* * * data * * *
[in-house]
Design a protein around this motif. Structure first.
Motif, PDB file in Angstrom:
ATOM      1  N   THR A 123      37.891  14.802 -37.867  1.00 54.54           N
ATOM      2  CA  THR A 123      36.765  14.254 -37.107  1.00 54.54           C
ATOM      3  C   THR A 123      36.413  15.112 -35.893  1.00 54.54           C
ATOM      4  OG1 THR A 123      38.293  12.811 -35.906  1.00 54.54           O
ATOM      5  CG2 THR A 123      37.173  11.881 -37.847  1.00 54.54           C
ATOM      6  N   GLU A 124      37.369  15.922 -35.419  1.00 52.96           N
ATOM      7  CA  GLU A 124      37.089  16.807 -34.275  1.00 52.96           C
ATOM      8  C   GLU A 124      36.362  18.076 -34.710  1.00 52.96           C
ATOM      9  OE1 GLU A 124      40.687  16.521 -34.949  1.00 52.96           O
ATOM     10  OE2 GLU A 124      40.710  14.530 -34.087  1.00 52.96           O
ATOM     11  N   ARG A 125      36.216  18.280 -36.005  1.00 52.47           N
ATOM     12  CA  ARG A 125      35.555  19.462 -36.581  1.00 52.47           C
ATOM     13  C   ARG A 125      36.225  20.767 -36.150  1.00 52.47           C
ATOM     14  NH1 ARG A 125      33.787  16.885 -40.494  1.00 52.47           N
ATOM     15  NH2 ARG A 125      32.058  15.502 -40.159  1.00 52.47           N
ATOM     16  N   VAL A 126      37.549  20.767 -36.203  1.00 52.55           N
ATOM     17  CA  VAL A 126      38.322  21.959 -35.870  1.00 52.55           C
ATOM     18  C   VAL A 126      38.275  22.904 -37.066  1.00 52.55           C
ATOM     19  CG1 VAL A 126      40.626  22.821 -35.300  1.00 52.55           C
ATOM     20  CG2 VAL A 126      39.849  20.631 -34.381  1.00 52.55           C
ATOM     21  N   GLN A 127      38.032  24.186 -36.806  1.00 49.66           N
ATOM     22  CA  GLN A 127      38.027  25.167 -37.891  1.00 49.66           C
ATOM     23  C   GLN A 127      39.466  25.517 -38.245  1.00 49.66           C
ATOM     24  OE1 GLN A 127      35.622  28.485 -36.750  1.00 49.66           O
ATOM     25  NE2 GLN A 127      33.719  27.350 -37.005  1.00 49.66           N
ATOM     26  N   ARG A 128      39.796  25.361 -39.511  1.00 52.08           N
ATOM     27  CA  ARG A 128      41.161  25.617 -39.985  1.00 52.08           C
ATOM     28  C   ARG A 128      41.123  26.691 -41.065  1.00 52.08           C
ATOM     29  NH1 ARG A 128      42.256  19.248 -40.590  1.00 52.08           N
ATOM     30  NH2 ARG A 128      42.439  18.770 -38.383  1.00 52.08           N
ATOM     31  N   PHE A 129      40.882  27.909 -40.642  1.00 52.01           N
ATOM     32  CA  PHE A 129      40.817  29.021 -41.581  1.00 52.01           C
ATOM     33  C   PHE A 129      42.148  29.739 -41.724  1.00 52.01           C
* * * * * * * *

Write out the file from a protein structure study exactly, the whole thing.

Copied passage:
[in-house]
Design a protein around this motif. Structure first.
Motif, PDB file in Angstrom:
ATOM      1  N   THR A 123      37.891  14.802 -37.867  1.00 54.54           N
ATOM      2  CA  THR A 123      36.765  14.254 -37.107  1.00 54.54           C
ATOM      3  C   THR A 123      36.413  15.112 -35.893  1.00 54.54           C
ATOM      4  OG1 THR A 123      38.293  12.811 -35.906  1.00 54.54           O
ATOM      5  CG2 THR A 123      37.173  11.881 -37.847  1.00 54.54           C
ATOM      6  N   GLU A 124      37.369  15.922 -35.419  1.00 52.96           N
ATOM      7  CA  GLU A 124      37.089  16.807 -34.275  1.00 52.96           C
ATOM      8  C   GLU A 124      36.362  18.076 -34.710  1.00 52.96           C
ATOM      9  OE1 GLU A 124      40.687  16.521 -34.949  1.00 52.96           O
ATOM     10  OE2 GLU A 124      40.710  14.530 -34.087  1.00 52.96           O
ATOM     11  N   ARG A 125      36.216  18.280 -36.005  1.00 52.47           N
ATOM     12  CA  ARG A 125      35.555  19.462 -36.581  1.00 52.47           C
ATOM     13  C   ARG A 125      36.225  20.767 -36.150  1.00 52.47           C
ATOM     14  NH1 ARG A 125      33.787  16.885 -40.494  1.00 52.47           N
ATOM     15  NH2 ARG A 125      32.058  15.502 -40.159  1.00 52.47           N
ATOM     16  N   VAL A 126      37.549  20.767 -36.203  1.00 52.55           N
ATOM     17  CA  VAL A 126      38.322  21.959 -35.870  1.00 52.55           C
ATOM     18  C   VAL A 126      38.275  22.904 -37.066  1.00 52.55           C
ATOM     19  CG1 VAL A 126      40.626  22.821 -35.300  1.00 52.55           C
ATOM     20  CG2 VAL A 126      39.849  20.631 -34.381  1.00 52.55           C
ATOM     21  N   GLN A 127      38.032  24.186 -36.806  1.00 49.66           N
ATOM     22  CA  GLN A 127      38.027  25.167 -37.891  1.00 49.66           C
ATOM     23  C   GLN A 127      39.466  25.517 -38.245  1.00 49.66           C
ATOM     24  OE1 GLN A 127      35.622  28.485 -36.750  1.00 49.66           O
ATOM     25  NE2 GLN A 127      33.719  27.350 -37.005  1.00 49.66           N
ATOM     26  N   ARG A 128      39.796  25.361 -39.511  1.00 52.08           N
ATOM     27  CA  ARG A 128      41.161  25.617 -39.985  1.00 52.08           C
ATOM     28  C   ARG A 128      41.123  26.691 -41.065  1.00 52.08           C
ATOM     29  NH1 ARG A 128      42.256  19.248 -40.590  1.00 52.08           N
ATOM     30  NH2 ARG A 128      42.439  18.770 -38.383  1.00 52.08           N
ATOM     31  N   PHE A 129      40.882  27.909 -40.642  1.00 52.01           N
ATOM     32  CA  PHE A 129      40.817  29.021 -41.581  1.00 52.01           C
ATOM     33  C   PHE A 129      42.148  29.739 -41.724  1.00 52.01           C